My Way, Not the Right Way

In the late fall of my first year at college I found myself sitting on the steps of the Mendenhall Center for the Performing Arts. My first year at Smith had been everything that I had wanted it to be but the constant newness and mental stretching had worn me thin and I ached for something simple and easy. I recognize it now as being acutely homesick — I just wanted a moment when I could simply exist without working so hard, to be sitting in a place where things just fit.

It was a fleeting emotion and I’m convinced I wouldn’t recall it nearly thirty years later if I had been alone. But, I wasn’t alone. I was joined in that moment by a classmate, a Black woman who had come to Smith from the south. We sat there, two women from very different backgrounds quietly pining for the same thing: the familiarity of home.

I don’t remember much of that day. I don’t remember why I was there, why we were talking, or even her name. I just remember that at some point I blurted out that I needed to go home, that I longed for the anchor of Thanksgiving with my family and everything that felt normal.

She agreed.

Then, her eyes shined and she shared with an obvious love all of the dishes that her matriarchs would bring to dinner. She rattled off foods so comforting that just saying the words brought an immediate smile to her face: ham, sweet potato pie, collard greens, macaroni and cheese. For the rest of my life I will remember the look on her face and the yearning of her voice because they so completely matched mine. And I will never forget for as long as I live the shocking moment when I realized, perhaps for the first time in my life, that my lived experience was not everyone’s lived experience.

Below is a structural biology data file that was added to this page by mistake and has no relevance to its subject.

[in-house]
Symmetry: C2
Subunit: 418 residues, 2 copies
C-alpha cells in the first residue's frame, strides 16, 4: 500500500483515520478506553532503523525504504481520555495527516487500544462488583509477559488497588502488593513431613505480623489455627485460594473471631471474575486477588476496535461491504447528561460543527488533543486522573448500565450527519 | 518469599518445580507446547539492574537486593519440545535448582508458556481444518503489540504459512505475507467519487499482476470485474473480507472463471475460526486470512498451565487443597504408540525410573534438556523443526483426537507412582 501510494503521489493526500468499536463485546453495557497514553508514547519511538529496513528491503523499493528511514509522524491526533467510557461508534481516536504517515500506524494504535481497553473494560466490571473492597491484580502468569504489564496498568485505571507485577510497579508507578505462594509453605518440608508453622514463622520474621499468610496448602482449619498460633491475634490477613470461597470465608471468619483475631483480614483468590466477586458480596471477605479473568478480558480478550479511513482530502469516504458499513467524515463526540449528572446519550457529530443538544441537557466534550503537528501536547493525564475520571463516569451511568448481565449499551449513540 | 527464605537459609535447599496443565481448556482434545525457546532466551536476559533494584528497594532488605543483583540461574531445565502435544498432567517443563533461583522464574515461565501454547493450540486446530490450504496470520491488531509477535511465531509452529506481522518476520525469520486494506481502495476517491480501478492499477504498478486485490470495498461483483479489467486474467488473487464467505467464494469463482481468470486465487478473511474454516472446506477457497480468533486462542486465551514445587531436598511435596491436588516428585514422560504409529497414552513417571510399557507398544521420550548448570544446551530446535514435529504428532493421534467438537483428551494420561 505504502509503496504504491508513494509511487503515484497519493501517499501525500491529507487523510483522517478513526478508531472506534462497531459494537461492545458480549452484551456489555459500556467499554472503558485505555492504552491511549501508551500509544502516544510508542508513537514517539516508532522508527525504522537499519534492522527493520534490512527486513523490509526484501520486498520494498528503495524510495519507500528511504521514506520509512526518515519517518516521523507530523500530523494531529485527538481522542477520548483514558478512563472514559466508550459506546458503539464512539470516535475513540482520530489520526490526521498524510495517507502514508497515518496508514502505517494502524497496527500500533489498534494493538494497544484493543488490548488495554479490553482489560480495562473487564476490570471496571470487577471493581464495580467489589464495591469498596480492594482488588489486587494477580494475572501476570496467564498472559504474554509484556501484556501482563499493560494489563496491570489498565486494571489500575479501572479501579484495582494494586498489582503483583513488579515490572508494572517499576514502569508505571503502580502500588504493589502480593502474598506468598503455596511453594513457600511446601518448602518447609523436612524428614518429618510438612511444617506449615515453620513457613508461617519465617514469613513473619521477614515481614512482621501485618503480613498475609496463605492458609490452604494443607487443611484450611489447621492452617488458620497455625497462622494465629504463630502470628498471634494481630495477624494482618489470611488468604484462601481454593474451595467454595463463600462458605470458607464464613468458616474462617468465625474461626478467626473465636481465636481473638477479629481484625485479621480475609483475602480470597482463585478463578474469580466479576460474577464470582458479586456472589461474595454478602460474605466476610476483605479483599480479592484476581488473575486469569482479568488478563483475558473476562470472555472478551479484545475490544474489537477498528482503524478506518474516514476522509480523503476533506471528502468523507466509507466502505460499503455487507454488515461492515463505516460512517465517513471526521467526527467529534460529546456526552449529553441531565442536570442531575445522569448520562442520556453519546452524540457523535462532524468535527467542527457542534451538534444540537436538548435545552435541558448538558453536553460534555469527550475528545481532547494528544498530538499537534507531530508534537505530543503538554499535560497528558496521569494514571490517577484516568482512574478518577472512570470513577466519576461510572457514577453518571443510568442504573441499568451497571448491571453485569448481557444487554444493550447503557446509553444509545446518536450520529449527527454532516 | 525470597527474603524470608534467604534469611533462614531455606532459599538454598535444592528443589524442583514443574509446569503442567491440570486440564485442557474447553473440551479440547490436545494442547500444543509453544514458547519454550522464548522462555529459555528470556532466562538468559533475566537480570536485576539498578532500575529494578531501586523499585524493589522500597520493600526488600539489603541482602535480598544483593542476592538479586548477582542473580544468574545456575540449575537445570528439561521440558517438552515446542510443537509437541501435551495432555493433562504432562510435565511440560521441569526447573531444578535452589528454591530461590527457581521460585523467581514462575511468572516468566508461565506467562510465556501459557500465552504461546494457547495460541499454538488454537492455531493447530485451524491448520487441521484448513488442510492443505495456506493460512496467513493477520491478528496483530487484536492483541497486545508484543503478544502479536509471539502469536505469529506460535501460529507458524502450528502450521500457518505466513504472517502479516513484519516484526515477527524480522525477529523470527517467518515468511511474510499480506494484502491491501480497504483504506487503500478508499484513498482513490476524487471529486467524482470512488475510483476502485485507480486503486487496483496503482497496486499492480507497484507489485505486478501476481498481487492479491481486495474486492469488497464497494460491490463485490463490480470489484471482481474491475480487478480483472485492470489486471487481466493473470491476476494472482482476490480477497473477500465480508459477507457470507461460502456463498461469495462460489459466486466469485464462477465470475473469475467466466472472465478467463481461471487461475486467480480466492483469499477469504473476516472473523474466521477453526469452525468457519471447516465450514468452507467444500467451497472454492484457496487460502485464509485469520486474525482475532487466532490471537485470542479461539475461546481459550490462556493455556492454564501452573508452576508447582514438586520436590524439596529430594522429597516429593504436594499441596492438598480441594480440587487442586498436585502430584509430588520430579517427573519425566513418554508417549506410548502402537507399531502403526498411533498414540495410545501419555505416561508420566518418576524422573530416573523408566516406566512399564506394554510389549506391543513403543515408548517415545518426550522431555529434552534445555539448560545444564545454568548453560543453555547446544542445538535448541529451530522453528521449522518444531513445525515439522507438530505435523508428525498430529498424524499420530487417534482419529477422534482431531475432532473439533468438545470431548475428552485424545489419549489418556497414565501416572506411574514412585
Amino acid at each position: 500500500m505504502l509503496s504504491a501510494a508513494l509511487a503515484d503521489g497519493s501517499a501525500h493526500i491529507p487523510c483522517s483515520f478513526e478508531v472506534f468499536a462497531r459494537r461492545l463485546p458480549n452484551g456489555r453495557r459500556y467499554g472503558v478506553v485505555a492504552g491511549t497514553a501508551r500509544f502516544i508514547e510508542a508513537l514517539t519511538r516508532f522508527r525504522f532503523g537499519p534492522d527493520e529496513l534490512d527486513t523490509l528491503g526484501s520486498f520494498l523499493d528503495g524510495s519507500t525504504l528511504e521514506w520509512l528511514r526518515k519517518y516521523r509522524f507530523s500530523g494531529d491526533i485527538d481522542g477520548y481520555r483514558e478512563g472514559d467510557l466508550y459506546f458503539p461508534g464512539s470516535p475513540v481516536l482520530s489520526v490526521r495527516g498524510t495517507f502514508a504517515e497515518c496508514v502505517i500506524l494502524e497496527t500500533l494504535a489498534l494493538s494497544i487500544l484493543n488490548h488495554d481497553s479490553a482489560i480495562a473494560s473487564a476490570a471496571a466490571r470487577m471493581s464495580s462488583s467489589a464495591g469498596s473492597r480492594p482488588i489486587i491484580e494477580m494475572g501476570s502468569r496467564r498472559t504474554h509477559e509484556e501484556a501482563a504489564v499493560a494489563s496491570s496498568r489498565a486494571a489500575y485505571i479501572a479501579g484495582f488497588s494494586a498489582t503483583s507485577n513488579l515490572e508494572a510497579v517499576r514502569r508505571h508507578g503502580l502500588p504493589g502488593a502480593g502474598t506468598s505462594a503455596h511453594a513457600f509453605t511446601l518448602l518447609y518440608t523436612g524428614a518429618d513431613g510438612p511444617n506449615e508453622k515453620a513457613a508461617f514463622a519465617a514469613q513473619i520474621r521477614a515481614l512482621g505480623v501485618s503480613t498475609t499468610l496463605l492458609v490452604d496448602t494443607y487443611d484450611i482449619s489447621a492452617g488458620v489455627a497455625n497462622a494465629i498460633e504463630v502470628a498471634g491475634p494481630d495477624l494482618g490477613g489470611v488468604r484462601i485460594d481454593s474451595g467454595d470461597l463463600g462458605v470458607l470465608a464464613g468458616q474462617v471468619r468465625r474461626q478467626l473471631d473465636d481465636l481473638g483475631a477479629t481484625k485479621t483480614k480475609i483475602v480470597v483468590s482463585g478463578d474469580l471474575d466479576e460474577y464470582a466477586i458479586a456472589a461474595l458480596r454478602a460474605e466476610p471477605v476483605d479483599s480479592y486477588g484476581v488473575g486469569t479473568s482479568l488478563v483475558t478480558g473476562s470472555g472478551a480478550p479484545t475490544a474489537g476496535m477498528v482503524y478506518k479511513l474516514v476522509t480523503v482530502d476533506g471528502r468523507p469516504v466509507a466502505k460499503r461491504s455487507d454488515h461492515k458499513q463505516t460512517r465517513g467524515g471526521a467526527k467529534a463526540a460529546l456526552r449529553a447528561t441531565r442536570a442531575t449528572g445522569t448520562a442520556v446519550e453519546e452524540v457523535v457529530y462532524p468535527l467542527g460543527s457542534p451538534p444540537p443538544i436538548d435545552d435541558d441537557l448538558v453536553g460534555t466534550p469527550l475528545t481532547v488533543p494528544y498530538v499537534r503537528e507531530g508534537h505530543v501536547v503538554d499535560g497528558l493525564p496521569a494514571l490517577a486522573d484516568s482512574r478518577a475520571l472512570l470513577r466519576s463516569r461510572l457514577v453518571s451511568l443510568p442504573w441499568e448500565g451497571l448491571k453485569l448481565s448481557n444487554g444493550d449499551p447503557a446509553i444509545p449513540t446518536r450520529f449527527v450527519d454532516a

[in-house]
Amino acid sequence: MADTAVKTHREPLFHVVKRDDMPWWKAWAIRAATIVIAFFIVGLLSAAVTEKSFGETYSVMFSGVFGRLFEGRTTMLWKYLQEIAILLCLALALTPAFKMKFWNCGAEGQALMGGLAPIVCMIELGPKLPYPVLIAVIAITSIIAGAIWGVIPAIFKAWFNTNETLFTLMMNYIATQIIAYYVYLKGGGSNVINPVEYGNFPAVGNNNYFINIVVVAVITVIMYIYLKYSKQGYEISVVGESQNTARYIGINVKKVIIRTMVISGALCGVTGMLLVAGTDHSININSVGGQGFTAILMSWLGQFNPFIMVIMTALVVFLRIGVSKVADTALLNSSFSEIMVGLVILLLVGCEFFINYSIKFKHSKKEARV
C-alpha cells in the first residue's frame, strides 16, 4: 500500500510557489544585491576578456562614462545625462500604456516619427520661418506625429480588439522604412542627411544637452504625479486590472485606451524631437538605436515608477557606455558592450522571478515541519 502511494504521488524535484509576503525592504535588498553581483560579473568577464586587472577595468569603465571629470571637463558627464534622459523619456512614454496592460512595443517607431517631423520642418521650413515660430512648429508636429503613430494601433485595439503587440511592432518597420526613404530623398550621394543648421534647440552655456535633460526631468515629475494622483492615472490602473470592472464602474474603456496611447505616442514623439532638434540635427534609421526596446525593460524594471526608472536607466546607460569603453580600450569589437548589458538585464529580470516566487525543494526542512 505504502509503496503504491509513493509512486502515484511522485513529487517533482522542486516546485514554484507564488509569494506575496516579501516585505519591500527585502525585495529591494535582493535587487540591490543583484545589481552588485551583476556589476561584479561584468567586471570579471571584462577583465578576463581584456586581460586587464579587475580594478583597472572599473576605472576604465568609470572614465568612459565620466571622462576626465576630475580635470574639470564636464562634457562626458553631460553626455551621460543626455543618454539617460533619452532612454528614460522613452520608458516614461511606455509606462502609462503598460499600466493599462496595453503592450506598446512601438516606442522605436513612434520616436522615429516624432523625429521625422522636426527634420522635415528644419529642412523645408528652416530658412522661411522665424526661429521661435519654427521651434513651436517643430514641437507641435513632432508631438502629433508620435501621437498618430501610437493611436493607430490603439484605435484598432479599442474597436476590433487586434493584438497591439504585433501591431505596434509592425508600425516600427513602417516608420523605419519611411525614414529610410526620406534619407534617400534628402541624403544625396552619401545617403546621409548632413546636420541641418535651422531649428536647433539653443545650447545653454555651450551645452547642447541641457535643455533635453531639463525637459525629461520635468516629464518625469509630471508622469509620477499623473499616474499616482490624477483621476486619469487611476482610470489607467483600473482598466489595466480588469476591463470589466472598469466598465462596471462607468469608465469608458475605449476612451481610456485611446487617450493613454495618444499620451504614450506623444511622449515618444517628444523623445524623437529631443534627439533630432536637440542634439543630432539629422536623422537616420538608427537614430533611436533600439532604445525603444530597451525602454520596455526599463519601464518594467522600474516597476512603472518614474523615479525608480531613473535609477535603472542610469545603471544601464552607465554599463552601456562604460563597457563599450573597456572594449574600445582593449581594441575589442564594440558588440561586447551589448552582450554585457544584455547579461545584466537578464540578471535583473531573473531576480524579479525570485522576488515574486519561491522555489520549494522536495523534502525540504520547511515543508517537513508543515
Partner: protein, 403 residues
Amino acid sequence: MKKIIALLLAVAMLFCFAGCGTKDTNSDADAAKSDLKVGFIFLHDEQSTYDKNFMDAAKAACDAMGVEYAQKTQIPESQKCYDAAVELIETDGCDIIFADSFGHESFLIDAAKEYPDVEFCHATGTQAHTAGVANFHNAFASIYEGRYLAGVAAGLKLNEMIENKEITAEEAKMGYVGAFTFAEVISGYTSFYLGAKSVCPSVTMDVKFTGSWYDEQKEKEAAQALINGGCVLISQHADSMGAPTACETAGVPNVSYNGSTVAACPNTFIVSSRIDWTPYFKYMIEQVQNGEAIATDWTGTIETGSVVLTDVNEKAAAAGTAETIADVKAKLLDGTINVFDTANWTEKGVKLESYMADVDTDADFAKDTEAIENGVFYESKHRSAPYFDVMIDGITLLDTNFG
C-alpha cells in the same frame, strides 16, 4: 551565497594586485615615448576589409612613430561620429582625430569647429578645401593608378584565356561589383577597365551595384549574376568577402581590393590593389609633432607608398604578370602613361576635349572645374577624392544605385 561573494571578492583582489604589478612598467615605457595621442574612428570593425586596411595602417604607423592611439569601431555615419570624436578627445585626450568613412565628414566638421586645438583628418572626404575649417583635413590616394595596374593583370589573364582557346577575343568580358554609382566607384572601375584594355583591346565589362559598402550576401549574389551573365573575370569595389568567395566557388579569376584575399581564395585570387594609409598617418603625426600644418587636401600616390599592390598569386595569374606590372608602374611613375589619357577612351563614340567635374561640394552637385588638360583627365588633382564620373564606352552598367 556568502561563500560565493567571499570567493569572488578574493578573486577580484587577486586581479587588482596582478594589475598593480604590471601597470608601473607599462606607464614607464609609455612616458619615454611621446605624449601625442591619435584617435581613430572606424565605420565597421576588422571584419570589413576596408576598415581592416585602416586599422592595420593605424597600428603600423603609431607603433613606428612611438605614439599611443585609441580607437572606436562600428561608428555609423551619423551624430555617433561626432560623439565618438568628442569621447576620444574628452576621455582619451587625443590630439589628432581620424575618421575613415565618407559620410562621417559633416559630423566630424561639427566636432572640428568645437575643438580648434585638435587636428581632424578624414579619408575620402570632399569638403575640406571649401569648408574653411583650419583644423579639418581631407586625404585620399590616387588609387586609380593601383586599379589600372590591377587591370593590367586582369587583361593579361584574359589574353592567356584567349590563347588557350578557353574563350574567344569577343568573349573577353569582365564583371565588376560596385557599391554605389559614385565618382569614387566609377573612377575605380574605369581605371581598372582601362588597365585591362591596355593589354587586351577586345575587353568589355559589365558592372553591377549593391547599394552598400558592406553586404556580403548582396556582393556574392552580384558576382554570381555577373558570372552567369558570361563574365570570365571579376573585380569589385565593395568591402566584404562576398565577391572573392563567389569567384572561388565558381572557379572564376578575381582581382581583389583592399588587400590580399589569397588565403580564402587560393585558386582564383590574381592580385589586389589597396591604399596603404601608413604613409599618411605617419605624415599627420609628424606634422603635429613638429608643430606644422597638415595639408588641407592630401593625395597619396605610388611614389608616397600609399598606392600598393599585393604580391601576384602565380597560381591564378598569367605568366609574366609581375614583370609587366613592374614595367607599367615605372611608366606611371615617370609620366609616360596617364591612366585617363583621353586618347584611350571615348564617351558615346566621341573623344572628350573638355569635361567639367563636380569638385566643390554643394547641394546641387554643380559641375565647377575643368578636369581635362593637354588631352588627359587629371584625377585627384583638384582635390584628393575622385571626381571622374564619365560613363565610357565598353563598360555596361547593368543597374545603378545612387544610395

It may sound naive, but until that moment I believed that everyone’s Thanksgiving table looked like mine — like the Normal Rockwell painting. Certainly everyone celebrated Thanksgiving with a huge, golden turkey accompanied by covered dishes of mashed potatoes, stuffing, and cranberries. Everyone shared a slice of pumpkin or apple pie before adjourning to the family room couch for napping and conversation. I had not even contemplated that other families had different traditions, that their normal was different than mine. And, because I put myself (and Mr. Rockwell) at the center of the universe, my Thanksgiving table was the right way — the way Thanksgiving was supposed to be.

(Norman Rockwell, Freedom from Want)

The whipsaw of being completely aligned to my classmate one moment and watching a deeply held assumption crumble in the next is why I remember it so clearly sitting here three decades later on a sunny June afternoon. It is the feeling of that moment — the painful, agonizing growth — that I hits me every time I feel the urge to turn my normal into everyone’s right. I think of the macaroni and cheese and remember that everyone has a normal, but only white majority culture has gotten to choose what is right.

One cannot underestimate the power inherent in defining the standard of rightness. Sure, there are some consistent ideas across countries and cultures, but there is a whole lot of gray space within that. I see them everyday in the world of work, things like:

  • The definition of professional business standards, including clothing and hair choices